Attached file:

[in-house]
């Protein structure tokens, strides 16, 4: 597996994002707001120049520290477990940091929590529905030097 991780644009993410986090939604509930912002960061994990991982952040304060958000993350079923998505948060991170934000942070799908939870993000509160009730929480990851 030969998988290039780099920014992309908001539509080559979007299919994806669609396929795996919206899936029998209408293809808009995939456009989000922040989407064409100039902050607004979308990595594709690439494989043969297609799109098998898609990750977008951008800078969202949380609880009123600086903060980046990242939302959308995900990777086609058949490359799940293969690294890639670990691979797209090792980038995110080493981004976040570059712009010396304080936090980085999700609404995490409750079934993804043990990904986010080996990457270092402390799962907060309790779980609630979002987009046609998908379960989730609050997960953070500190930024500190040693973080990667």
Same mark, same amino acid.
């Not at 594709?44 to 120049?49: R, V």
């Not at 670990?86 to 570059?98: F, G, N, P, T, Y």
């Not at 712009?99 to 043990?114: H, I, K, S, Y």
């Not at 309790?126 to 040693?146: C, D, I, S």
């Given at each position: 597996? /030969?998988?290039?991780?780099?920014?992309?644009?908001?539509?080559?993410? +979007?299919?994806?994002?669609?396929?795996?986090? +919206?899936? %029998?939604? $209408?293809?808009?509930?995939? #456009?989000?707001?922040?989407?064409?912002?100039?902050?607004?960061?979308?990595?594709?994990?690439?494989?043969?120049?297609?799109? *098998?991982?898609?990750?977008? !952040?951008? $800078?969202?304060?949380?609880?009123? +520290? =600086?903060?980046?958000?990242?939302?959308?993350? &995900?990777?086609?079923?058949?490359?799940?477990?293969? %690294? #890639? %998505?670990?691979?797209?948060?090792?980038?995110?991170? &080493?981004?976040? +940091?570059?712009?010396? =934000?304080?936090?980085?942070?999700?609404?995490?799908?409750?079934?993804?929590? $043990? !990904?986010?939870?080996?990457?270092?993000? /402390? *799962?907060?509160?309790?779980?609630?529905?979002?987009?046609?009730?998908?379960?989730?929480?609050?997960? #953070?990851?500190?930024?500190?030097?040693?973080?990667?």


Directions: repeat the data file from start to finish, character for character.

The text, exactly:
[in-house]
């Protein structure tokens, strides 16, 4: 597996994002707001120049520290477990940091929590529905030097 991780644009993410986090939604509930912002960061994990991982952040304060958000993350079923998505948060991170934000942070799908939870993000509160009730929480990851 030969998988290039780099920014992309908001539509080559979007299919994806669609396929795996919206899936029998209408293809808009995939456009989000922040989407064409100039902050607004979308990595594709690439494989043969297609799109098998898609990750977008951008800078969202949380609880009123600086903060980046990242939302959308995900990777086609058949490359799940293969690294890639670990691979797209090792980038995110080493981004976040570059712009010396304080936090980085999700609404995490409750079934993804043990990904986010080996990457270092402390799962907060309790779980609630979002987009046609998908379960989730609050997960953070500190930024500190040693973080990667």
Same mark, same amino acid.
């Not at 594709?44 to 120049?49: R, V």
């Not at 670990?86 to 570059?98: F, G, N, P, T, Y």
């Not at 712009?99 to 043990?114: H, I, K, S, Y």
């Not at 309790?126 to 040693?146: C, D, I, S």
């Given at each position: 597996? /030969?998988?290039?991780?780099?920014?992309?644009?908001?539509?080559?993410? +979007?299919?994806?994002?669609?396929?795996?986090? +919206?899936? %029998?939604? $209408?293809?808009?509930?995939? #456009?989000?707001?922040?989407?064409?912002?100039?902050?607004?960061?979308?990595?594709?994990?690439?494989?043969?120049?297609?799109? *098998?991982?898609?990750?977008? !952040?951008? $800078?969202?304060?949380?609880?009123? +520290? =600086?903060?980046?958000?990242?939302?959308?993350? &995900?990777?086609?079923?058949?490359?799940?477990?293969? %690294? #890639? %998505?670990?691979?797209?948060?090792?980038?995110?991170? &080493?981004?976040? +940091?570059?712009?010396? =934000?304080?936090?980085?942070?999700?609404?995490?799908?409750?079934?993804?929590? $043990? !990904?986010?939870?080996?990457?270092?993000? /402390? *799962?907060?509160?309790?779980?609630?529905?979002?987009?046609?009730?998908?379960?989730?929480?609050?997960? #953070?990851?500190?930024?500190?030097?040693?973080?990667?």